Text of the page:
Tuesday, 20 December 2011
The workshop I attended was run jointly by Verena and Virginia Hinze (formerly of English Heritage). Both Verena and Virginia hope to see the excellent research that is being carried out by the Gardens Trusts put to good use. Rather than sitting in archives gathering dust, it has an important part to play in the ongoing development of local lists of parks and gardens - something with which around 50% of local planning authorities are now working. (For more information see http://www.english-heritage.org.uk/caring/listing/local/local-designations/local-list/ also the members area on the AGT website - access via the Historic Landscape Project page.)
Virginia is introducing Gardens Trust members to the approach used by English Heritage (EH) to register sites of national importance. Gardens Trusts can then use the same system to describe sites important at a local level. The EH format provides a structured way of recording a site and producing a final report. It's a method that is both recognised and respected by local authorities and conservationists. Using the same format for Gardens Trusts' research will ensure that the end product will be both respected and accessible and will give Gardens Trusts researchers the satisfaction of having made a real contribution.
Some of the researchers at the workshop I attended were experienced, others were not - but everyone found the day useful. What a shame that a lack of funding prevents Verena's project being repeated throughout the country. The long term benefits to our heritage would surely outweigh the short term costs? If you live in the south-east do make the most of the opportunity that Verena's project has given us. We must be one of the few organisations in the country whose members are being offered training packages rather than having them cut!
If you can't attend a workshop then, as a close second-best, you can download the training packages that Verena and Virginia have produced from the AGT website. Signing up for the Members Area via the Historic Landscape Project page will give you access to the material and will also allow you to join the forum and share your experiences with other CGTs.
Providing us with training is just one part of Verena's work. If our research, contacts and local knowledge are to be put to good use then people need to know where to find us. So, Verena has also been working with Natural England's Land Management teams, ensuring that they know and understand what we do and how best to work with us.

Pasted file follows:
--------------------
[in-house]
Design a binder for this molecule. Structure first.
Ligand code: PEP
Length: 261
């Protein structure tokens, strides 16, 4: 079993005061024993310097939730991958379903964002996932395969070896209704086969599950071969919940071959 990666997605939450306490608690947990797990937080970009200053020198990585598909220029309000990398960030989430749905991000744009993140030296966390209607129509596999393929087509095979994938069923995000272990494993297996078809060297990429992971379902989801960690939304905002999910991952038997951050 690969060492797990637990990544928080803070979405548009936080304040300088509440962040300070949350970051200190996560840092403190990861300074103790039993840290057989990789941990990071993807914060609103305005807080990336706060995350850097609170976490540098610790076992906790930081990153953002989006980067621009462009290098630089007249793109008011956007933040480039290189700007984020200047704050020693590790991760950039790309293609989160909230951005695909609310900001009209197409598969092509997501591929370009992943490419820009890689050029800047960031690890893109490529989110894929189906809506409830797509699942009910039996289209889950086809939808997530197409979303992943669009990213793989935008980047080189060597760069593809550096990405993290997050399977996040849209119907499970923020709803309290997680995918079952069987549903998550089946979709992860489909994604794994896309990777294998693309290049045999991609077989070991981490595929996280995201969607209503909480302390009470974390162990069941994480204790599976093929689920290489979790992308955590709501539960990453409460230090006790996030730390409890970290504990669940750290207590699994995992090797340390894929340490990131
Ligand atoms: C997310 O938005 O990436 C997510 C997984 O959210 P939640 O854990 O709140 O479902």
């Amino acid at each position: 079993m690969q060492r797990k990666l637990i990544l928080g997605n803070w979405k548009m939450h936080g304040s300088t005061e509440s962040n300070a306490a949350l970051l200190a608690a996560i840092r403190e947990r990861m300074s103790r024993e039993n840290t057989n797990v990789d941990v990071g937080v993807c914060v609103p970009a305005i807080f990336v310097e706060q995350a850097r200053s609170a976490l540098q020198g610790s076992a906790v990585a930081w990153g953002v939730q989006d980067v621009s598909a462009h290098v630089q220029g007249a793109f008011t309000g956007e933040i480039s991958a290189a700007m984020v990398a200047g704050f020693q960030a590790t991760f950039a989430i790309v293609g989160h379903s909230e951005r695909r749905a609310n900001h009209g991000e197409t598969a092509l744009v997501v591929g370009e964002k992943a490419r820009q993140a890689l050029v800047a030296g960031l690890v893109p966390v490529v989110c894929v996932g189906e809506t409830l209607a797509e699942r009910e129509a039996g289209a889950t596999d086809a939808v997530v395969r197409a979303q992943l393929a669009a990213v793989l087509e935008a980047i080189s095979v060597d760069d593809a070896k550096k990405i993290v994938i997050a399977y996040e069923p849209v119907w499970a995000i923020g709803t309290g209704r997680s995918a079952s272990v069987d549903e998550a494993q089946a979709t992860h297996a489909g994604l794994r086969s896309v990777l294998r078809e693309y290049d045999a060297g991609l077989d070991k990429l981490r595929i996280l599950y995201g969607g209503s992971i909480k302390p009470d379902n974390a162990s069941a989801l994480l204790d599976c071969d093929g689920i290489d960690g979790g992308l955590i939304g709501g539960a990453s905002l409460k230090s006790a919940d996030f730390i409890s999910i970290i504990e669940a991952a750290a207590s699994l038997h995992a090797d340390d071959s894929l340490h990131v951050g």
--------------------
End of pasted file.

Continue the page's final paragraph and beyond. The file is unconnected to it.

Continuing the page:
The capabilities of the Gardens Trusts were also mentioned by Jonathan Lovie of The Garden History Society (GHS). Jonathan, together with Linden Groves (the GHS Casework Manager) gave the Regional Forum an update on the internal changes that are going on in their organisation. Uncertainties about funding mean that they need to put in place a system that will continue to protect the historic environment despite economic uncertainty and changing circumstances.
Even before the economic difficulties began, the GHS was receiving an enormous number of planning consultations every year. In the eight hours a week that Linden's post allows, it was only able to respond to a fraction of these. They hope that we in the Gardens Trusts, with our local knowledge and expertise, will be able to help stabilise or perhaps even increase the number of consultations that are being given attention.
Jonathan underlined the fact that this is an invitation. Each Gardens Trust will be able to decide on the level of involvement with which they feel comfortable. Comprehensive training will be available for any Trust that would like it. These are early days. A way of working that suits us all will evolve slowly. Jonathan and Linden would like our input and feedback. Once a good system of communication is in place, this sharing of responsibility can only be of benefit to the threatened designed landscapes about which we all care.
Both Trusts recently set up a series of Garden History Lectures to rectify the situation. Herts GT opened their course to members and to the general public. It proved to be so popular that it had to be repeated. By the time both courses had run, all the non-members had become members and many are now researchers. Organising a course would seem to be an innovative way to both educate and to recruit.